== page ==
Talk of Din Tai Fung’s perfect xiao long bao aka soup dumplings (or steamed mini pork buns) has been all over town. And as a result, it has been reviewed by almost every food blog and lifestyle magazine in the last 2 months since the official opening at Sydney’s World Square.
I finally took my camera along and joined the queue.

Din Tai Fung restaurant, Sydney - massive queue outside dumpling haunt

Outside, on a wet Friday evening, over 50 people hungrily waited for their ticket number to be called. I’m not sure how it works in the other 41 branches worldwide, but they’ve implemented a rather efficient ordering system here which keeps the big crowds happy.
Firstly, when you request for a table, the number of seats you require is scribbled down against a ticket number. The staff present you with a paper menu which has the corresponding ticket number on the top right. Hence while you wait, you’re able to debate over your order and hopefully, by the time your table is ready, the paper menu would have quantity numbers next to each of the dishes you’re ordering. (You’re able to add to the order once you’ve seated)
To help customers get even more excited after they’ve mapped out their orders, there are ceiling high windows which reveal a team of masked and white lab coat dressed cooks, busily mixing, kneeding and wrapping dumpling after dumpling. Such care was given to each task. At one time, a woman took out what looked to be a pre-prepared symmetrical cube of wonton wrappers… she folded the top sheet into a triangular half and proceeded to slice off the spare millimeters of pastry to ensure that the wontons would be wrapped in accuracy.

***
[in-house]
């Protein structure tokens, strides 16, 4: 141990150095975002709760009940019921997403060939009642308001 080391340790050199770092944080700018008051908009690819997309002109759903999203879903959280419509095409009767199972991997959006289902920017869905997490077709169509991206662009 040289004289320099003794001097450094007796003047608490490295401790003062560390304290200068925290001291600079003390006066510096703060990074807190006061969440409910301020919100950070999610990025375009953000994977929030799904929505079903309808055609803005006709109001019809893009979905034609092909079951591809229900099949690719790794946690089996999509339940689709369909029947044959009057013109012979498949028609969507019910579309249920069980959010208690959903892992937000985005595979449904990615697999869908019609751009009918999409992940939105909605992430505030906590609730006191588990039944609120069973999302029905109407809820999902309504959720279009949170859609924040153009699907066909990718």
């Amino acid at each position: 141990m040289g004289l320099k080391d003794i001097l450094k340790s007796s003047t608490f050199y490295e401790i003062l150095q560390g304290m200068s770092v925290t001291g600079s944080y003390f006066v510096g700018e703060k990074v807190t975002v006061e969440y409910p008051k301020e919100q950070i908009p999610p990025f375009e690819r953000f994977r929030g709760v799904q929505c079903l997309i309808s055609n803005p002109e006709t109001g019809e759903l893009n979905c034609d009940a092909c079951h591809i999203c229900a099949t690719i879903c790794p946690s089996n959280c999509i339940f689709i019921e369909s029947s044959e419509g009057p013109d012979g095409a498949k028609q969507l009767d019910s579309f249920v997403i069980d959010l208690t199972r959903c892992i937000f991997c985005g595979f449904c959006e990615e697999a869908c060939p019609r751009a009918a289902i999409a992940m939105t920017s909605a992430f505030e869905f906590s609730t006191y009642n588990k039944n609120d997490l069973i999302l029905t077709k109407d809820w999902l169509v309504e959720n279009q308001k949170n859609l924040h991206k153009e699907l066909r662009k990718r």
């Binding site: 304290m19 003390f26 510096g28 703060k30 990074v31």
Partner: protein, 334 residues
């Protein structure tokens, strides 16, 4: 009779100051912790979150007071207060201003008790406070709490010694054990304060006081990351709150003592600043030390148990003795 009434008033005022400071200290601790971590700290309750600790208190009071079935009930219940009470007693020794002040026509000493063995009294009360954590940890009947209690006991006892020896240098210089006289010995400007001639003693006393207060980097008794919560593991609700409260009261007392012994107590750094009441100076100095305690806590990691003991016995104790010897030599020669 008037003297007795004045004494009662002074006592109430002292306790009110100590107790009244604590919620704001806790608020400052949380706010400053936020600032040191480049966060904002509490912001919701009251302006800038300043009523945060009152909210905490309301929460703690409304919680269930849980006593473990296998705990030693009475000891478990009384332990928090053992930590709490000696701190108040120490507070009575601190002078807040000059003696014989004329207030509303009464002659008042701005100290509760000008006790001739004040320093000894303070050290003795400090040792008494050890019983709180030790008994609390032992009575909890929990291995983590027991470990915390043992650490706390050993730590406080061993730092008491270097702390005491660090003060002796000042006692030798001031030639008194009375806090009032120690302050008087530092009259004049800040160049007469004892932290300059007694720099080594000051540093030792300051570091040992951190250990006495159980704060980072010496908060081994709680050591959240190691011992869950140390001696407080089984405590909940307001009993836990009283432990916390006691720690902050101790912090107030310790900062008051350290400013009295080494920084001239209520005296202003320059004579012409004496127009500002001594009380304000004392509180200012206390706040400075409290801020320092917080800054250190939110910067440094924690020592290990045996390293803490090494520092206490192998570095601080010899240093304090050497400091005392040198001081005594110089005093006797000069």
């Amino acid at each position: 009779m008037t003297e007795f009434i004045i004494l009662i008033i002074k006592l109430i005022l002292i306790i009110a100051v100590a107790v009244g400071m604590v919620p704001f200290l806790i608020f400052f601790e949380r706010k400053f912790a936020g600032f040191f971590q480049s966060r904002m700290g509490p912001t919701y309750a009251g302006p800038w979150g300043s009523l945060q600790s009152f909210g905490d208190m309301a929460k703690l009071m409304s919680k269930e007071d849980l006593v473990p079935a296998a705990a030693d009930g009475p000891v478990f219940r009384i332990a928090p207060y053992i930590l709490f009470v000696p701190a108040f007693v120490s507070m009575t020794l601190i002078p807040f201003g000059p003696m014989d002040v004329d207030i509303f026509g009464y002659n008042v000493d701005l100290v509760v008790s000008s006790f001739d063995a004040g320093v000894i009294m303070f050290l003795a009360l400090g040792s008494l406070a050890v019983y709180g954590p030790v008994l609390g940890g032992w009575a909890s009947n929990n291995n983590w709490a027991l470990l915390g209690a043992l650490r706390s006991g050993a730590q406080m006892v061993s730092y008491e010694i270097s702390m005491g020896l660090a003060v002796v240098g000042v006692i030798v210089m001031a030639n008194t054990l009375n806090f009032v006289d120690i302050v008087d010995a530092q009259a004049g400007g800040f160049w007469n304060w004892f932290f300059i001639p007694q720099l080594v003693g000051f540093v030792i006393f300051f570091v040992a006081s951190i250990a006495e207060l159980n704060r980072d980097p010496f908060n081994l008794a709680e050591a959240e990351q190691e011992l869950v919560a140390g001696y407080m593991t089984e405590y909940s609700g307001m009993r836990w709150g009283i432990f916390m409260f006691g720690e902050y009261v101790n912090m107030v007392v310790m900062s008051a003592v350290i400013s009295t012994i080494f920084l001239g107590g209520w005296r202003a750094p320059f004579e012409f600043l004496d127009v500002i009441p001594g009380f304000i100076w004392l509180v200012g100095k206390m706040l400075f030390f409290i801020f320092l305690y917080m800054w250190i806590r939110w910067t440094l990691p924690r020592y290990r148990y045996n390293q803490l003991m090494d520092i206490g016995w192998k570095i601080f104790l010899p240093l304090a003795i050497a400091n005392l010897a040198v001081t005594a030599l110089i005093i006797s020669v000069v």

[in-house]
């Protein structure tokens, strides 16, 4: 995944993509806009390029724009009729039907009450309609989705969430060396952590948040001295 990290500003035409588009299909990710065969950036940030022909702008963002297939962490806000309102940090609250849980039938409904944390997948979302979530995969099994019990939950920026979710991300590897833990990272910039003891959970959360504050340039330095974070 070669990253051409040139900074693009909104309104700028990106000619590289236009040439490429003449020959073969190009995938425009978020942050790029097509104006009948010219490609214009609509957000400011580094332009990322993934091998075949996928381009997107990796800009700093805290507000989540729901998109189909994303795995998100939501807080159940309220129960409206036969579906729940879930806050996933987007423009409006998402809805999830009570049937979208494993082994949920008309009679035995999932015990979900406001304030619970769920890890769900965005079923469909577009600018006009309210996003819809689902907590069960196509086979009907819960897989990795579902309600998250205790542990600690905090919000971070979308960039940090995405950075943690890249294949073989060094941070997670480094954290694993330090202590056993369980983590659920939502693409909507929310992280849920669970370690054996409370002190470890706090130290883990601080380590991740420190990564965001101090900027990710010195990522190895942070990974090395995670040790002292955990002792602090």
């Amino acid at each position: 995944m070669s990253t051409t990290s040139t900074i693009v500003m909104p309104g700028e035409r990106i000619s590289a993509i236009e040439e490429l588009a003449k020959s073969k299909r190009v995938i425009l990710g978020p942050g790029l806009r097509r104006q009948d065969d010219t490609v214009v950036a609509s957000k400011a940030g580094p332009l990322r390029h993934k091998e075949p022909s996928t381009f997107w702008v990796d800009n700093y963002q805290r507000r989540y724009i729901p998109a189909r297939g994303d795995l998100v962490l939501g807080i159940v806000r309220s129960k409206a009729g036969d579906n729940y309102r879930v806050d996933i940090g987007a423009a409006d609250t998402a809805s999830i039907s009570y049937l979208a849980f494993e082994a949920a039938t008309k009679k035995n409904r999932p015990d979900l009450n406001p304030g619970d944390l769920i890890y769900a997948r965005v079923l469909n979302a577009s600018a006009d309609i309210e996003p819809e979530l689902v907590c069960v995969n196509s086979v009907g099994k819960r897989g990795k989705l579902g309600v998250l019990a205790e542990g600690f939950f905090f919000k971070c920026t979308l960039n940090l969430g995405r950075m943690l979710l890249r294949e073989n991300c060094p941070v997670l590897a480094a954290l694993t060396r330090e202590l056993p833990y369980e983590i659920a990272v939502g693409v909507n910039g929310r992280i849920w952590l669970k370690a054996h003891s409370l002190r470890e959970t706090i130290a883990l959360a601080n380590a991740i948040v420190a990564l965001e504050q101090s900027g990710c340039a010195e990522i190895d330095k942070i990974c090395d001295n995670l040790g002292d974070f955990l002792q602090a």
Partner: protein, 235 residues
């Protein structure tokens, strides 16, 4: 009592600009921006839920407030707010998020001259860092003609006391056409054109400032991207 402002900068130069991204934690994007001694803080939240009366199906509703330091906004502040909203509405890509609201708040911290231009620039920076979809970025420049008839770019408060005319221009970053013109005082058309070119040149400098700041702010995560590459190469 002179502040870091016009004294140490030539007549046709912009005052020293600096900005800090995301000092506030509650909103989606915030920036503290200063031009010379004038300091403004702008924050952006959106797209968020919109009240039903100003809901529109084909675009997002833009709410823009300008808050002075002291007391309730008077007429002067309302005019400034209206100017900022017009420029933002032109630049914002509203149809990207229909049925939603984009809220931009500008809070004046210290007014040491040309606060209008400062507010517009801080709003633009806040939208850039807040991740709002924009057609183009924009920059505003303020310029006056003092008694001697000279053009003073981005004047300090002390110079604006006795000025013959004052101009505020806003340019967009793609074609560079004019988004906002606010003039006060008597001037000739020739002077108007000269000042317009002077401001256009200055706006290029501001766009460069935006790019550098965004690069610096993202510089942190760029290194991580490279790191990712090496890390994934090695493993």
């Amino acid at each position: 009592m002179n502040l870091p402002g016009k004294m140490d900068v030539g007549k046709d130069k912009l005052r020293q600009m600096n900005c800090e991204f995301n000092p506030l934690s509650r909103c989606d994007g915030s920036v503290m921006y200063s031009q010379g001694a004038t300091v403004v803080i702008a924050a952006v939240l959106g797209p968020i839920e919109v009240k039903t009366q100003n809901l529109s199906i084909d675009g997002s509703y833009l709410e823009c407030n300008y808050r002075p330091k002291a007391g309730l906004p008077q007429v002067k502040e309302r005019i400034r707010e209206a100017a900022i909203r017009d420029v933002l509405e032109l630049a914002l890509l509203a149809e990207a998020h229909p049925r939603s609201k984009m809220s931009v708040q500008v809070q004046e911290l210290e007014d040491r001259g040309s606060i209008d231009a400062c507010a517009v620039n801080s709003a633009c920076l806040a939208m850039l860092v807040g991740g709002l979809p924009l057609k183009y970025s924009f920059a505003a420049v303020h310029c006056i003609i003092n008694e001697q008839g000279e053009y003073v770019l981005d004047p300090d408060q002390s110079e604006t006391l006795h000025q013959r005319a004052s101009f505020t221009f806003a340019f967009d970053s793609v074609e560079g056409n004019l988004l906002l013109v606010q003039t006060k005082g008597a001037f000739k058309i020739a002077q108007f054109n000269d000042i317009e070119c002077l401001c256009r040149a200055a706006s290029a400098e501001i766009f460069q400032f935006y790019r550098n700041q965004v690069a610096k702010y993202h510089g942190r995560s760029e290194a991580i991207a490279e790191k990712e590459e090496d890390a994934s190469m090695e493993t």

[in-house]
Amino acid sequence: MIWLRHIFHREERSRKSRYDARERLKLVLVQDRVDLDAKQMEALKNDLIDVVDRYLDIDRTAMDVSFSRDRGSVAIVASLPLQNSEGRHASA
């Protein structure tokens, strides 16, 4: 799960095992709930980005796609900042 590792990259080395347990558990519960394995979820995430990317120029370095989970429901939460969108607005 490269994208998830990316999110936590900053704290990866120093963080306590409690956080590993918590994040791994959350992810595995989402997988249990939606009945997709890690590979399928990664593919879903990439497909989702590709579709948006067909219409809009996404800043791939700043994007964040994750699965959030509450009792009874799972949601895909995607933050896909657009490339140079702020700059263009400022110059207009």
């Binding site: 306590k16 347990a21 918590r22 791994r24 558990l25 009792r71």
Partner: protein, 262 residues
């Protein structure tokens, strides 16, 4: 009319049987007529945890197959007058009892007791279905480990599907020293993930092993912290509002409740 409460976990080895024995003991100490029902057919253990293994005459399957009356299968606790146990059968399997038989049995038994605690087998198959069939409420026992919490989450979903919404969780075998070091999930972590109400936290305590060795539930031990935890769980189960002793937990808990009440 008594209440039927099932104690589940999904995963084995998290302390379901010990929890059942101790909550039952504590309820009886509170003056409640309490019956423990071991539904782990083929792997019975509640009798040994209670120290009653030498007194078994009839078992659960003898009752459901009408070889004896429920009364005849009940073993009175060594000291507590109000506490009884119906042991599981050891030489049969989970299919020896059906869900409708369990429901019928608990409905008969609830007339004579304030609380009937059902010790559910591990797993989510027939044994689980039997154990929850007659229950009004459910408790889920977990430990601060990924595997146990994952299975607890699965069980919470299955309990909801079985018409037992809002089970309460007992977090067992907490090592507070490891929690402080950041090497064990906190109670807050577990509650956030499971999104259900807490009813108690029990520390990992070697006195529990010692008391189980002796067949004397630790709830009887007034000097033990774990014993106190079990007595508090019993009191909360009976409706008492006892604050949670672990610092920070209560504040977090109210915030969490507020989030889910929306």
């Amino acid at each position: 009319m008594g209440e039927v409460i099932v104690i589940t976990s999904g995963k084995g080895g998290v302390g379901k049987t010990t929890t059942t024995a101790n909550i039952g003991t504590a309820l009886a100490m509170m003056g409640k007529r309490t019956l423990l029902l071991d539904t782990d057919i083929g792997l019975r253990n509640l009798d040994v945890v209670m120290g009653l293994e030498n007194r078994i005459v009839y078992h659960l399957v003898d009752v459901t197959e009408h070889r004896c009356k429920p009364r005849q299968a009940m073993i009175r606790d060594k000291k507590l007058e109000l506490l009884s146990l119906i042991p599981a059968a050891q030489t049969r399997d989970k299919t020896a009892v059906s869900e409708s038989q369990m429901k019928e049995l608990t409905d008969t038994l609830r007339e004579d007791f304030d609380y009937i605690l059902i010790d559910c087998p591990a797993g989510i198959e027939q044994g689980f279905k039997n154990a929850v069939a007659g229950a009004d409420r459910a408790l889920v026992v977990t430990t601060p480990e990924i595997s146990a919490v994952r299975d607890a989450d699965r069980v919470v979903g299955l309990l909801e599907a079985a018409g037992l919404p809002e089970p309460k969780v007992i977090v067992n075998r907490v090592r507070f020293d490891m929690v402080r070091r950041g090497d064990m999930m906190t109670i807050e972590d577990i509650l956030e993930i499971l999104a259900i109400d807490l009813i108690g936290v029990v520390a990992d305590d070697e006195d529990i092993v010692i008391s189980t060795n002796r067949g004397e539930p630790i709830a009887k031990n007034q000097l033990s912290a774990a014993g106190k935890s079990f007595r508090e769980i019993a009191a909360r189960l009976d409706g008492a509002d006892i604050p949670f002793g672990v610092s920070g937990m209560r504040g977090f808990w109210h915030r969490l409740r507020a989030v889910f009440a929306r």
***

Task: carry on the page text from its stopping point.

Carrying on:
Beside the dumpling kitchen was a massive full benchtop steamer. The picture below shows just how high they were stacked!

Din Tai Fung restaurant, Sydney - dumpling steamer stacked high
Steamer stacked high with dumplings

Din Tai Fung restaurant, Sydney - behind the scenes in the dumpling kitchen

Behind the scenes in the dumpling kitchen
After waiting for just a little less than an hour, I impatiently asked the waitress how much longer I’d have to wait, considering several people who had arrived after me were seated already. She asked if a share-table was OK and without too much though, I agreed. If I had been aware that it was a round communal table, I probably would have thought twice. Lesson learnt.
Once seated, the waiters and waitresses confirmed our order and within minutes, dishes start popping up on the table. First off were their signature soup dumplings, six for $8.80. The pastry skin was admirably paper-thin and so delicate. The recommended method to eating them was to dip it with soy and vinegar, place it on a spoon while stabbing a little hole into the top to let the hot steam out, and after adding a few bits of shredded ginger, you slurp it whole, allowing the soup to burst in your mouth.

Din Tai Fung restaurant, Sydney - xiao long bao, soup dumpling

Xiaolongbao aka soup dumplings, six for $8.80
I really appreciated the perfection of each tiny morsel. Din Tai Fung claims that each of the xiao long bao have at least 18 pleats in them, and by the looks of things, it’s most likely true. The casing was almost translucent and flawless in appearance but was also strong enough not to break when picked up with chopsticks.

Din Tai Fung restaurant, Sydney - xiao long bao aka steamed mini pork buns or soup dumplings

The soup dumplings again